Clearly, it is evident from my initial proposal that I was more interested in looking at the culture of public houses or the Roots Reggae movement in Bristol. However, after researching into the Reggae scene in more depth, it became apparent that a lot of photographers had already looked at a similar scene, and I did not want to produce a project that looked like a copy of existing work. I therefore decided to turn my attention towards the other idea, which was the public house culture. I was already aware of the Irish Centre in Birmingham, and wanted to combine the Reggae idea with this theme. I therefore originally planned to document the Black Irish scene in England, but soon realised that this was a ridiculously niche scene to focus on!
Following on from this discovery, I decided to focus solely on the Irish communities instead, beginning with the Irish Centre in Birmingham. I went on an early recce trip to the city and explored the cultural capital of Digbeth, where the Irish frequent. It was only by chance that I caught the tail end of The Tuesday Club one afternoon whilst having lunch with my friend in the Centre. I met with Sister Teresa and she kindly let me make a portrait of her and her three friends. We talked about the Club, and she invited me back the following week to meet other members and to hopefully make more photographs.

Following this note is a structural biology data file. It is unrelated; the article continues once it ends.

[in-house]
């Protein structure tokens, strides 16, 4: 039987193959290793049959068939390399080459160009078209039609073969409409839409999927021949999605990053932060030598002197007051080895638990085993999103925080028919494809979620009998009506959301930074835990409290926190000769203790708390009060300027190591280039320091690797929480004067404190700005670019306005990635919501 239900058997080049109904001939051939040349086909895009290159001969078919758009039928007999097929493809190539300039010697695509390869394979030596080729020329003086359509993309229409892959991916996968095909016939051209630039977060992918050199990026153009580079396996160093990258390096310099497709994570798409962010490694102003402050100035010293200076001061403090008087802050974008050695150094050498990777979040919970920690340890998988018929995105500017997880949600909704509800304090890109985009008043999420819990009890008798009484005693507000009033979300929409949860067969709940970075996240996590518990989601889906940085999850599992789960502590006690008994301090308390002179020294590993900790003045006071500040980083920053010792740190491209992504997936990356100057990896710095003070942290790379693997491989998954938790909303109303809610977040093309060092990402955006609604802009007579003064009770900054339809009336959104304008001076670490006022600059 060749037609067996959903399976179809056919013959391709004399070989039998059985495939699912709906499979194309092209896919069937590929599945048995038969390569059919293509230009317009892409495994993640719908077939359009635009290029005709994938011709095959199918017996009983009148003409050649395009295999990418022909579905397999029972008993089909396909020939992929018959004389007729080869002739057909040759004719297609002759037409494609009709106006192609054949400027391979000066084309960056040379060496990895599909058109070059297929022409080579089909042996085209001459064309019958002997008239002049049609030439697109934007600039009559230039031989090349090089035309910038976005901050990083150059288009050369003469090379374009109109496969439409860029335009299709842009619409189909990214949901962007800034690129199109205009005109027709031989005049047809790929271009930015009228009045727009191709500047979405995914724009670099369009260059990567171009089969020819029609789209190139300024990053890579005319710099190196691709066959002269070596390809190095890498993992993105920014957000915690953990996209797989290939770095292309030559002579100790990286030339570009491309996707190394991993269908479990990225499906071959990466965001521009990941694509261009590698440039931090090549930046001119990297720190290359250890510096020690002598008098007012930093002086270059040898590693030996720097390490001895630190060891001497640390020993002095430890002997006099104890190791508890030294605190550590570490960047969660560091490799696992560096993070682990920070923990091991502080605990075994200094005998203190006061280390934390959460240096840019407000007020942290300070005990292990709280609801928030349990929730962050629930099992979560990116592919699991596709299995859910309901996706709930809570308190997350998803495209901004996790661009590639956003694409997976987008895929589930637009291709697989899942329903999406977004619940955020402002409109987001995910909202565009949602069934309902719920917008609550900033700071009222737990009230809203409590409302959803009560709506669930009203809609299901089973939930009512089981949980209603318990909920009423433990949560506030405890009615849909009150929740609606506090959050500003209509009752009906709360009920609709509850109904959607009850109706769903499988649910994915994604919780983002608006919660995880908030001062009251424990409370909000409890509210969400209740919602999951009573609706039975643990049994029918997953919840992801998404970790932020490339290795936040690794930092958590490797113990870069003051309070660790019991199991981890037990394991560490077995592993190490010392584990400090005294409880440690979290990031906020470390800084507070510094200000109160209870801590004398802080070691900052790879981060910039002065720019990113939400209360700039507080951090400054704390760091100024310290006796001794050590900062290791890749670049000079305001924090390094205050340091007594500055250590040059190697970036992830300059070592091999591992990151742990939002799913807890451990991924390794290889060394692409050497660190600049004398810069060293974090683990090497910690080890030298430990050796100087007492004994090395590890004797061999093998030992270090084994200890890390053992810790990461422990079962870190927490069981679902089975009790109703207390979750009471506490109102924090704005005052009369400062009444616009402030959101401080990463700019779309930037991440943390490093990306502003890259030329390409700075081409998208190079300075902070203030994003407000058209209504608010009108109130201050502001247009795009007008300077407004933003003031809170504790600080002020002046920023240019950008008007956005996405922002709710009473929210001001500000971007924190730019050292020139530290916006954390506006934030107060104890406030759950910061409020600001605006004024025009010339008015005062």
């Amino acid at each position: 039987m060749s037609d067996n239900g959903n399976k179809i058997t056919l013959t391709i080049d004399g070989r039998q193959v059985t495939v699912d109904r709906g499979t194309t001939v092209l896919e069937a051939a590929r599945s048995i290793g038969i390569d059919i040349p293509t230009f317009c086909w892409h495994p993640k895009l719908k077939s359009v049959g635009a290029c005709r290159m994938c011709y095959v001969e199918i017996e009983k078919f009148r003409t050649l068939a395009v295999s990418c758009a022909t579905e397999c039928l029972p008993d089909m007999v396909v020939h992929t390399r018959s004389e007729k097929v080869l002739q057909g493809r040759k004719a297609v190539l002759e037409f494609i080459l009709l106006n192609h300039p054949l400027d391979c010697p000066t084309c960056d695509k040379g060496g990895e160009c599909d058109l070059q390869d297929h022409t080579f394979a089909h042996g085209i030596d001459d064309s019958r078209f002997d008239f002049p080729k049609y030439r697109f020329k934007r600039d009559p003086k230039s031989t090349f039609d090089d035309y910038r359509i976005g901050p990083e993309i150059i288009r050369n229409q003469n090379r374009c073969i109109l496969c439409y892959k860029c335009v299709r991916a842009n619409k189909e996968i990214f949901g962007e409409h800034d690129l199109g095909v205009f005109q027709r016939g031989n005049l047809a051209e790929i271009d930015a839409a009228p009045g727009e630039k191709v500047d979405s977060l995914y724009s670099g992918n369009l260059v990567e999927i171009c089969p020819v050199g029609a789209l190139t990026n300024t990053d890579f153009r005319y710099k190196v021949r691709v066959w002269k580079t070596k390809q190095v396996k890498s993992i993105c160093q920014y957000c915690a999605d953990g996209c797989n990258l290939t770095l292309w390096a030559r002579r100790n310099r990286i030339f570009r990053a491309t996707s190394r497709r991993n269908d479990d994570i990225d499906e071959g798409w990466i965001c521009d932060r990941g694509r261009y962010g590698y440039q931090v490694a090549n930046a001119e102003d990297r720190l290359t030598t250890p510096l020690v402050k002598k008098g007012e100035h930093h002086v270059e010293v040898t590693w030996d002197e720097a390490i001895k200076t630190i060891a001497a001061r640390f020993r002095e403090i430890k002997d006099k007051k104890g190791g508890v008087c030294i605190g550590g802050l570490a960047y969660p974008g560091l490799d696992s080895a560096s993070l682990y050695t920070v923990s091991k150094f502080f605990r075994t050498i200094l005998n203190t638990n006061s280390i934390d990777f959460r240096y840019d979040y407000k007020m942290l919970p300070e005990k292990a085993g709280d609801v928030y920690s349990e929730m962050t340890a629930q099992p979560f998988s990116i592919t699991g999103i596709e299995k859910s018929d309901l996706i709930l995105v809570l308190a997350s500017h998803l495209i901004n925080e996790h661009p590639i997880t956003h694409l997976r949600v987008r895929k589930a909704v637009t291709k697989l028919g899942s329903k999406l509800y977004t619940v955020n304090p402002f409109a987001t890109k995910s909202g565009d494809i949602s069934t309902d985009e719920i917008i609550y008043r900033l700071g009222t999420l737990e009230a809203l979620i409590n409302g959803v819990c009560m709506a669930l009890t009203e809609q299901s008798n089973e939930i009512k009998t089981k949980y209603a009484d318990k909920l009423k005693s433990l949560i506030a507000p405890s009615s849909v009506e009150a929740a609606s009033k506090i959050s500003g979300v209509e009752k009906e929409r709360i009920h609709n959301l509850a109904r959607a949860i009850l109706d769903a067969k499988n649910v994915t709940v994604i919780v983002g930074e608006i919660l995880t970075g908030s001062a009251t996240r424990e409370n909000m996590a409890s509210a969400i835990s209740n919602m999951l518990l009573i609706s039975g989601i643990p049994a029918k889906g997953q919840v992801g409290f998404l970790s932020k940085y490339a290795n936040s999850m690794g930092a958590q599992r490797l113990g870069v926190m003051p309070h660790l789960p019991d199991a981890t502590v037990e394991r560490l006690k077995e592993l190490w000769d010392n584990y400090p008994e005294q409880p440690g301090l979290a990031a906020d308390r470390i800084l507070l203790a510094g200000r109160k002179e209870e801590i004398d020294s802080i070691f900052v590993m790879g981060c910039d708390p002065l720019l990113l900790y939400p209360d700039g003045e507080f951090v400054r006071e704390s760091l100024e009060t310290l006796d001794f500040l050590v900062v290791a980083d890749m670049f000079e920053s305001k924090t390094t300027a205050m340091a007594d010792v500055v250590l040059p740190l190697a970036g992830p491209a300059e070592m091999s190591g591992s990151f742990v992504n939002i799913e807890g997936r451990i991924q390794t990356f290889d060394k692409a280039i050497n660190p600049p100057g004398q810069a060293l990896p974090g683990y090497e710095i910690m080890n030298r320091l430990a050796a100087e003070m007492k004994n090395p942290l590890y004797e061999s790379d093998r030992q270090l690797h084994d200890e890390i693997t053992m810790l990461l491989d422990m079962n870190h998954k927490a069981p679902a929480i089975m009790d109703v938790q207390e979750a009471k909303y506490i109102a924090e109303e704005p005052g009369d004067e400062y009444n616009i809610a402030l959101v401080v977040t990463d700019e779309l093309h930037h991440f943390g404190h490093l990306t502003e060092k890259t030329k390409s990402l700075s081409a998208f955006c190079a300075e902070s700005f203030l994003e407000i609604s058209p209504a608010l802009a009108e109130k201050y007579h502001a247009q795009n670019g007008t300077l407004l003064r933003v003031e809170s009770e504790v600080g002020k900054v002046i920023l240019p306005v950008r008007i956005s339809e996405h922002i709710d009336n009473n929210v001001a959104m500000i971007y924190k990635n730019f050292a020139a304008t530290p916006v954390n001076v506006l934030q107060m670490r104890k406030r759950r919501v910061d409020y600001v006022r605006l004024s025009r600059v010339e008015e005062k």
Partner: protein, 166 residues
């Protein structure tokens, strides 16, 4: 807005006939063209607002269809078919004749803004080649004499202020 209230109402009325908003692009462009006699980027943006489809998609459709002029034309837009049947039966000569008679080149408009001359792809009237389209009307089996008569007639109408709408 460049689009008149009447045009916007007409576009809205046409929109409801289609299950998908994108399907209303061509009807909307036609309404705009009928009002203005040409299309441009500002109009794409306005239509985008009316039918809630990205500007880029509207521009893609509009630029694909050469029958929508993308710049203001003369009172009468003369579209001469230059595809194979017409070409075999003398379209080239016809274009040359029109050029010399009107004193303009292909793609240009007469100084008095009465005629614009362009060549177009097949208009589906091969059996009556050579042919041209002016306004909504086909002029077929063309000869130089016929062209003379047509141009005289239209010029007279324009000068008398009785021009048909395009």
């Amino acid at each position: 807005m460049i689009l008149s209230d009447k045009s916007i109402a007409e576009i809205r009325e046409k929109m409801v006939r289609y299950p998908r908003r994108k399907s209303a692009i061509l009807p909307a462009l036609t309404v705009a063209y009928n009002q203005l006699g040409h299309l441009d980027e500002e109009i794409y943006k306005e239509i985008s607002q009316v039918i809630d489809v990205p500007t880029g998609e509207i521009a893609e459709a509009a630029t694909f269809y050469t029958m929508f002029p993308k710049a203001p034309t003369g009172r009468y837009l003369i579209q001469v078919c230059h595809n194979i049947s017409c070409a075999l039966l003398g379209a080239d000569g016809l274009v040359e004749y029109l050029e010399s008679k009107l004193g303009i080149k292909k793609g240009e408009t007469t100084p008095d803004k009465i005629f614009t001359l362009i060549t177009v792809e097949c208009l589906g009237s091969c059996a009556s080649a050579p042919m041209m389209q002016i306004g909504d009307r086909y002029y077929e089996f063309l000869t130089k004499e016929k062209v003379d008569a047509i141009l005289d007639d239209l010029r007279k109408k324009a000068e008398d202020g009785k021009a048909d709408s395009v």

The next week I caught an early bus to arrive before the Club began, and set up my camera. I was not disappointed with the number of Irish people who turned out. It was refreshing to see so many older Irish people with endless stories which fascinated me. I was able to make a series of successful portraits which have made the final cut, and also enjoy my time being at the Centre. As I have said previously, their hospitality was warming and really made me feel a part of the community.